Orthodontic treatment for deep bite and retroclined upper front teeth in children

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dc.contributor.author Millett, Declan T.
dc.contributor.author Cunningham, Susan J.
dc.contributor.author O'Brien, Kevin D.
dc.contributor.author Benson, Philip E.
dc.contributor.author de Oliveira, Cesar M.
dc.date.accessioned 2017-10-09T11:08:40Z
dc.date.available 2017-10-09T11:08:40Z
dc.date.issued 2017-10-02
dc.identifier.citation Millett, D. T., Cunningham, S. J., O'Brien, K. D., Benson, P. E. and de Oliveira, C. M. (2017) 'Orthodontic treatment for deep bite and retroclined upper front teeth in children', Cochrane Database of Systematic Reviews, (10). doi: 10.1002/14651858.CD005972.pub4 en
dc.identifier.issued 10 en
dc.identifier.startpage 1 en
dc.identifier.endpage 17 en
dc.identifier.issn 1465-1858
dc.identifier.uri http://hdl.handle.net/10468/4845
dc.identifier.doi 10.1002/14651858.CD005972.pub4
dc.description.abstract Background: A Class II division 2 malocclusion is characterised by upper front teeth that are retroclined (tilted toward the roof of the mouth) and an increased overbite (deep overbite), which can cause oral problems and may affect appearance. This problem can be corrected by the use of special dental braces (functional appliances) that move the upper front teeth forward and change the growth of the upper or lower jaws, or both. Most types of functional appliances braces are removeable and this treatment approach does not usually require extraction of any permanent teeth. Additional treatment with fixed braces may be necessary to ensure the best result. An alternative approach is to provide space for the correction of the front teeth by moving the molar teeth backwards. This is done by applying a force to the teeth from the back of the head using a head brace (headgear) and transmitting this force to part of a fixed or removable dental brace that is attached to the back teeth. The treatment may be carried out with or without extraction of permanent teeth. If headgear use is not feasible, the back teeth may be held in place by bands connected to a fixed bar placed across the roof of the mouth or in contact with the front of the roof of the mouth. This treatment usually requires two permanent teeth to be taken out (one on each side). Objectives: To establish whether orthodontic treatment that does not involve extraction of permanent teeth produces a result that is any different from no orthodontic treatment or orthodontic treatment involving extraction of permanent teeth, in children with a Class II division 2 malocclusion. Search methods: Cochrane Oral Health's Information Specialist searched the following electronic databases: Cochrane Oral Health's Trials Register (to 10 January 2017), the Cochrane Central Register of Controlled Trials (CENTRAL) (the Cochrane Library, 2016, Issue 11), MEDLINE Ovid (1946 to 10 January 2017), and Embase Ovid (1980 to 10 January 2017). To identify any unpublished or ongoing trials, the US National Institutes of Health Ongoing Trials Register (ClinicalTrials.gov) and the World Health Organization International Clinical Trials Registry Platform (apps.who.int/trialsearch) were searched. We also contacted international researchers who were likely to be involved in any Class II division 2 clinical trials. Selection criteria: Randomised controlled trials (RCTs) and controlled clinical trials (CCTs) of orthodontic treatments to correct deep bite and retroclined upper front teeth in children. Data collection and analysis: Two review authors independently screened the search results to find eligible studies, and would have extracted data and assessed the risk of bias from any included trials. We had planned to use random-effects meta-analysis; to express effect estimates as mean differences for continuous outcomes and risk ratios for dichotomous outcomes, with 95% confidence intervals; and to investigate any clinical or methodological heterogeneity. Main results: We did not identify any RCTs or CCTs that assessed the treatment of Class II division 2 malocclusion in children. Authors' conclusions: It is not possible to provide any evidence-based guidance to recommend or discourage any type of orthodontic treatment to correct Class II division 2 malocclusion in children. Trials should be conducted to evaluate the best management of Class II division 2 malocclusion. en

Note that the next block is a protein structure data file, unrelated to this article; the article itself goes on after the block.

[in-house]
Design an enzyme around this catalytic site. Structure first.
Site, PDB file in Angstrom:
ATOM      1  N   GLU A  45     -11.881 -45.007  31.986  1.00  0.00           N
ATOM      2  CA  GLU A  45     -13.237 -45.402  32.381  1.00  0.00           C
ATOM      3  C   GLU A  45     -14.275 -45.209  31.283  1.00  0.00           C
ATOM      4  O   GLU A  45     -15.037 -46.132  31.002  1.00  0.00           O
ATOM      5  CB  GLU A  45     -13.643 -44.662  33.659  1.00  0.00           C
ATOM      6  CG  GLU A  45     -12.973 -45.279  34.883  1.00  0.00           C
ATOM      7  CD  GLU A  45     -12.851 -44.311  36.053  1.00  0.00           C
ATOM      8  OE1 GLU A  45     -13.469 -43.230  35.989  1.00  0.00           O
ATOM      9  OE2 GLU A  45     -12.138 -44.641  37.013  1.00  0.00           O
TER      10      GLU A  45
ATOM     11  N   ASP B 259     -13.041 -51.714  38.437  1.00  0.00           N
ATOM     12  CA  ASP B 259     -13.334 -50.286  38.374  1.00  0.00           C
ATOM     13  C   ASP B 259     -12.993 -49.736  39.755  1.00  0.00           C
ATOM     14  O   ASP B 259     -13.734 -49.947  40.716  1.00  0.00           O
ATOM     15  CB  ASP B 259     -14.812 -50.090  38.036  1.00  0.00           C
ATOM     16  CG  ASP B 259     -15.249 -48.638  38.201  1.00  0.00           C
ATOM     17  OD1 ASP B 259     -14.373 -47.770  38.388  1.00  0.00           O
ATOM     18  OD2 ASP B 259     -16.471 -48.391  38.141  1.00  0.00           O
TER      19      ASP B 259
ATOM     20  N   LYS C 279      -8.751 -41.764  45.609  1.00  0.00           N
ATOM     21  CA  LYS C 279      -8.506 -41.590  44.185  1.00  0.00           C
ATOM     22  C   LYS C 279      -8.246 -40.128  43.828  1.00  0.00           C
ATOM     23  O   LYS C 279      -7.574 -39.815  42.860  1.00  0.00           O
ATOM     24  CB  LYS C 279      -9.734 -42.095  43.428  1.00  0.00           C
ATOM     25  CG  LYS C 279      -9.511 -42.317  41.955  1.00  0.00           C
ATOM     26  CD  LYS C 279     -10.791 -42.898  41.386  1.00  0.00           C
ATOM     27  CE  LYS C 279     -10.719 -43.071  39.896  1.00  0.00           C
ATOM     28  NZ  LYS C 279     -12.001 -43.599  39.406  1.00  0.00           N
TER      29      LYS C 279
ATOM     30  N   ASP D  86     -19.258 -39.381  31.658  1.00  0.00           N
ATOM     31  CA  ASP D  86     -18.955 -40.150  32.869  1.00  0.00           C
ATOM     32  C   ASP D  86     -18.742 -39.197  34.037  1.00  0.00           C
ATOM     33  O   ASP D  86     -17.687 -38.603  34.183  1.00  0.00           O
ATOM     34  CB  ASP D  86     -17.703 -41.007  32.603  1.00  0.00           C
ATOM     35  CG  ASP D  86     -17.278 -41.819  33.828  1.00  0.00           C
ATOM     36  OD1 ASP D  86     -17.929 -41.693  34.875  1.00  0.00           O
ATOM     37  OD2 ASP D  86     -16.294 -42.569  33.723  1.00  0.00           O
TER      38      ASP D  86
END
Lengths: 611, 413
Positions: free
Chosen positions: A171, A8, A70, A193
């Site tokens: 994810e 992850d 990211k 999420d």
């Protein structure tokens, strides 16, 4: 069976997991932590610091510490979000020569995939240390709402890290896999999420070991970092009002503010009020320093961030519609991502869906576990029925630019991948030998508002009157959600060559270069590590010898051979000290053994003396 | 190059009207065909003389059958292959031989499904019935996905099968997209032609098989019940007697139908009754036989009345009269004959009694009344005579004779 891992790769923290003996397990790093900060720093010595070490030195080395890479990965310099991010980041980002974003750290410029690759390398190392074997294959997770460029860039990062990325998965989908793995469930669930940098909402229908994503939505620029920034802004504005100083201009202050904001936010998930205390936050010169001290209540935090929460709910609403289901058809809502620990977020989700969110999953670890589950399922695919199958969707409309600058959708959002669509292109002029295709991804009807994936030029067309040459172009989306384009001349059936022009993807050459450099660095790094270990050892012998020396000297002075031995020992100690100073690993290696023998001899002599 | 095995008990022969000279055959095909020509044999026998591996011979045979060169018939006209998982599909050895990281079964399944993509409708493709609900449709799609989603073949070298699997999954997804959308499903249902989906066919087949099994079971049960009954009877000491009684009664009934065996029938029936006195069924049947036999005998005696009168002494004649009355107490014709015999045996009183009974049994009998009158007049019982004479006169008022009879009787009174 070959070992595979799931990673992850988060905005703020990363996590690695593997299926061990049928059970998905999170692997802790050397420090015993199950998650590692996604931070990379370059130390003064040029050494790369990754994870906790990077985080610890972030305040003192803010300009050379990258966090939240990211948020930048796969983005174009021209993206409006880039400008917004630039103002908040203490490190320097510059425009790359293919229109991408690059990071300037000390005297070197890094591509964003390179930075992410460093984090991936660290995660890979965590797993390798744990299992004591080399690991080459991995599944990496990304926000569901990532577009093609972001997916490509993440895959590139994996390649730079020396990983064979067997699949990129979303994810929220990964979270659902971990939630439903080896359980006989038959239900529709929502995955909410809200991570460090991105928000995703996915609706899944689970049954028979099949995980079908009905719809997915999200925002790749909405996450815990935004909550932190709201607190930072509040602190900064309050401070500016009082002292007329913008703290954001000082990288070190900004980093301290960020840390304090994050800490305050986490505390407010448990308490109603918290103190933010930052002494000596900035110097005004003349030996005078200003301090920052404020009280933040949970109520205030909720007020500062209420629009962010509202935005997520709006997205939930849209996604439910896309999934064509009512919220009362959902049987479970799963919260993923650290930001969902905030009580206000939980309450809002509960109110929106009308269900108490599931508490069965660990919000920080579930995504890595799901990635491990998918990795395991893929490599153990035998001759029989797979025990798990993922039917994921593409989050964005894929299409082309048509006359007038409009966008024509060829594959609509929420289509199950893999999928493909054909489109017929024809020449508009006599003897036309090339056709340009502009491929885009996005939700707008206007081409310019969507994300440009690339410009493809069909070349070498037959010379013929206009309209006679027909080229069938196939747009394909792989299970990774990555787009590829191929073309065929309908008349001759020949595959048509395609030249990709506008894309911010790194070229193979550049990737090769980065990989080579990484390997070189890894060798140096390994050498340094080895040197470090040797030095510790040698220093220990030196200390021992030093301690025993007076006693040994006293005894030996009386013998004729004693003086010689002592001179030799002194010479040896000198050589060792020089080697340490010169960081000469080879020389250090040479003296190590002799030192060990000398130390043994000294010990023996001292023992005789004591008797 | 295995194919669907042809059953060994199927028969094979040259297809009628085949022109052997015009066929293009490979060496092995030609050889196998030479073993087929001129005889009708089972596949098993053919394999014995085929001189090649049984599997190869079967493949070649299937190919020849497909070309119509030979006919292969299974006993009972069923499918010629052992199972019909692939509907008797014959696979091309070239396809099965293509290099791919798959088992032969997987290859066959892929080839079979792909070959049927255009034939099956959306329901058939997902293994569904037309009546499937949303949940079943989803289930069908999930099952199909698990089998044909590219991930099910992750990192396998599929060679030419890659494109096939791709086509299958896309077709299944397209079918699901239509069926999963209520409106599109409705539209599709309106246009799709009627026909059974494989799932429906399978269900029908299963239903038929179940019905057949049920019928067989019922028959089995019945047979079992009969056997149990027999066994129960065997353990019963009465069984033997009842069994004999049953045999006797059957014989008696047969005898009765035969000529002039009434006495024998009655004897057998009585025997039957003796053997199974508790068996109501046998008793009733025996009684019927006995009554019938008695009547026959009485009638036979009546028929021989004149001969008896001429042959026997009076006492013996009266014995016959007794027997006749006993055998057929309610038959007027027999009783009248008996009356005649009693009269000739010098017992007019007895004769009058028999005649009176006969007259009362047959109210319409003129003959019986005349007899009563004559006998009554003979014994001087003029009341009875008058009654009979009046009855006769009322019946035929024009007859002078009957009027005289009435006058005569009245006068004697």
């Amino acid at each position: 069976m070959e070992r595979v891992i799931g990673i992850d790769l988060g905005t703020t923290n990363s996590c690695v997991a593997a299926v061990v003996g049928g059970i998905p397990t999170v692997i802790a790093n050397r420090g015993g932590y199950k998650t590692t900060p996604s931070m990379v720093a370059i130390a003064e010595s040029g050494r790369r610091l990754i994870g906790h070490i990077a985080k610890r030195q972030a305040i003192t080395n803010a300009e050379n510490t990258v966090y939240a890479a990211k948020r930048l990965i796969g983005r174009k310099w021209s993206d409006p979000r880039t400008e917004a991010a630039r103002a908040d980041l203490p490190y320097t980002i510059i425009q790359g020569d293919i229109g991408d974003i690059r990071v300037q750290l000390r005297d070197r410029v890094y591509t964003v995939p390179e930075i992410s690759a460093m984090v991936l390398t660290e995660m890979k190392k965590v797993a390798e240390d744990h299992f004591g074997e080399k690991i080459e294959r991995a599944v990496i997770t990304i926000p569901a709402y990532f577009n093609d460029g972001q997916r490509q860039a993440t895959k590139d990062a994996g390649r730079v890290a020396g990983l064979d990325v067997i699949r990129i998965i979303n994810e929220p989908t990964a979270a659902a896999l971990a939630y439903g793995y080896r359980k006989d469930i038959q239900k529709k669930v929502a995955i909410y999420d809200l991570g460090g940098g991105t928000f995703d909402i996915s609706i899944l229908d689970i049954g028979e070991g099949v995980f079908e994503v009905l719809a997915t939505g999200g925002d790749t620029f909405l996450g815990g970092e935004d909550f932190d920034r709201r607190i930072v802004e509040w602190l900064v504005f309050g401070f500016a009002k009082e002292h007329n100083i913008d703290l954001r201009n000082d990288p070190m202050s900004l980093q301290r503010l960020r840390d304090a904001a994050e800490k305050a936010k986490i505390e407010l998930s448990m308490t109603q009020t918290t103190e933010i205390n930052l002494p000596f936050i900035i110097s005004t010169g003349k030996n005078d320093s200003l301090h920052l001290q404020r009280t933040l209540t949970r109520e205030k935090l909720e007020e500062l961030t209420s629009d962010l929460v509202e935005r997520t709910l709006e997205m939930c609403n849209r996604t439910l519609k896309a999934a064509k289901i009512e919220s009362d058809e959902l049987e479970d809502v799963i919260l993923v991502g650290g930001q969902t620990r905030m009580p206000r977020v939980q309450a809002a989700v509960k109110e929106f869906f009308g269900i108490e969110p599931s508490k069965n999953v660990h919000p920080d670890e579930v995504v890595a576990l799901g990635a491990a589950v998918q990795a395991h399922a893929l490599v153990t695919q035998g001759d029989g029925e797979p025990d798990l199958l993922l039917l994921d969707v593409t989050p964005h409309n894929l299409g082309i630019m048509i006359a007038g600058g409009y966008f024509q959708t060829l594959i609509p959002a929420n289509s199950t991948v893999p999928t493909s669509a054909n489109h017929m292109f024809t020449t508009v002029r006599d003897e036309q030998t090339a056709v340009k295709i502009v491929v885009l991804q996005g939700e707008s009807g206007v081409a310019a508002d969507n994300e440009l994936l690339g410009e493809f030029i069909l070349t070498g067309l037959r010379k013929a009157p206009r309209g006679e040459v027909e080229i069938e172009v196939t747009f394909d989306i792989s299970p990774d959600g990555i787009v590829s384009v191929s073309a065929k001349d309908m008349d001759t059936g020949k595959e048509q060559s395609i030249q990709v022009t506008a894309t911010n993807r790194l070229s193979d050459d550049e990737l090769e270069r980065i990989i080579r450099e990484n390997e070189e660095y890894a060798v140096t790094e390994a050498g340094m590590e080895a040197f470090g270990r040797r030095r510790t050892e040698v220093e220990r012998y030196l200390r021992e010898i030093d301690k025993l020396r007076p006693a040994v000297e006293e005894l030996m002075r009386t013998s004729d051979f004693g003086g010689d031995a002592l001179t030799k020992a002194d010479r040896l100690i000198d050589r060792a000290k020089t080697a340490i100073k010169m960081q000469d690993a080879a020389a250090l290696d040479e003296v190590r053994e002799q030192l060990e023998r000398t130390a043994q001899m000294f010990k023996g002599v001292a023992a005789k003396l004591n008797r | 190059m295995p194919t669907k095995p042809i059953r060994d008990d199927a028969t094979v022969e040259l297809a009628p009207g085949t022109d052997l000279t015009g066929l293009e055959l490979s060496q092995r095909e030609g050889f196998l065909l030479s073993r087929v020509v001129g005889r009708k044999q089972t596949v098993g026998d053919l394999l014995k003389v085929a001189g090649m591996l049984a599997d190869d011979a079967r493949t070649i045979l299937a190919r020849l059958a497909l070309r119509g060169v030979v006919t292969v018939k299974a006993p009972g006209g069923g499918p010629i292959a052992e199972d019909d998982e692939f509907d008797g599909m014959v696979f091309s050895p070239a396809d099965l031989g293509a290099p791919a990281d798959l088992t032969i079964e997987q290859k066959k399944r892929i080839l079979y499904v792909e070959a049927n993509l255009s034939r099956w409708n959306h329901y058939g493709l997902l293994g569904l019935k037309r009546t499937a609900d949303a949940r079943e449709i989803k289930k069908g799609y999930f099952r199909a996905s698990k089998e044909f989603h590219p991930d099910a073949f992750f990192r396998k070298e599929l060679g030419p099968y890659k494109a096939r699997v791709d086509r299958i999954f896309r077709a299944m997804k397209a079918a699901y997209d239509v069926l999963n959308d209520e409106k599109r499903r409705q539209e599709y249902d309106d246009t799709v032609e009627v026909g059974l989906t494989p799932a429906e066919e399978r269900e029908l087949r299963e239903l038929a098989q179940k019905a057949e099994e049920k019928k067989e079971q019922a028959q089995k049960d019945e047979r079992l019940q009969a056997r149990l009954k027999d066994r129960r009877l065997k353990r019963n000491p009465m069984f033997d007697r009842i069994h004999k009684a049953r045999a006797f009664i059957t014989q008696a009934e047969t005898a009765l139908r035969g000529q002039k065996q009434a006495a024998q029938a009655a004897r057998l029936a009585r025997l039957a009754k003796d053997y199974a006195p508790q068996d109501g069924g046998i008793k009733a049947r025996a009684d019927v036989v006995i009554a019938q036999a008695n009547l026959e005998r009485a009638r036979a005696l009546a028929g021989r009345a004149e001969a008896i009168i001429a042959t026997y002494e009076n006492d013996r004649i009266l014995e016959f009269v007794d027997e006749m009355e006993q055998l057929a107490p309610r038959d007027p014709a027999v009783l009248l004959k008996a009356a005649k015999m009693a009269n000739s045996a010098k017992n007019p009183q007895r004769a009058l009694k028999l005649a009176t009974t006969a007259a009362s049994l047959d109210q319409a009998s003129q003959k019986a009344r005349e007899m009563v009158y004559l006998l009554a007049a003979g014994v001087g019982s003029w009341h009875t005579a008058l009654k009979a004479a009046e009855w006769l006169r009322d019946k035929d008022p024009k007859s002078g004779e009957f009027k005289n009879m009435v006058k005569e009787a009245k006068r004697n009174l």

dc.format.mimetype application/pdf en
dc.language.iso en en
dc.publisher John Wiley & Sons Ltd. en
dc.rights © 2017 The Cochrane Collaboration. Published by John Wiley & Sons, Ltd. en
dc.subject Orthodontic Appliances en
dc.subject Malocclusion, Angle Class II en
dc.subject Orthodontics, Corrective en
dc.title Orthodontic treatment for deep bite and retroclined upper front teeth in children en
dc.type Article (peer-reviewed) en
dc.internal.authorcontactother Declan Millett, Oral Health & Development, University College Cork, Cork, Ireland. +353-21-490-3000 Email: d.millett@ucc.ie en
dc.internal.availability Full text available en
dc.check.info Access to this article is restricted for 12 months after publication by request of the publisher. en
dc.check.date 2018-10-02
dc.date.updated 2017-10-09T11:03:40Z
dc.description.version Published Version en
dc.internal.rssid 414213937
dc.description.status Peer reviewed en
dc.identifier.journaltitle Cochrane Database of Systematic Reviews en
dc.internal.copyrightchecked No !!CORA!! en
dc.internal.licenseacceptance Yes en
dc.internal.IRISemailaddress d.millett@ucc.ie en


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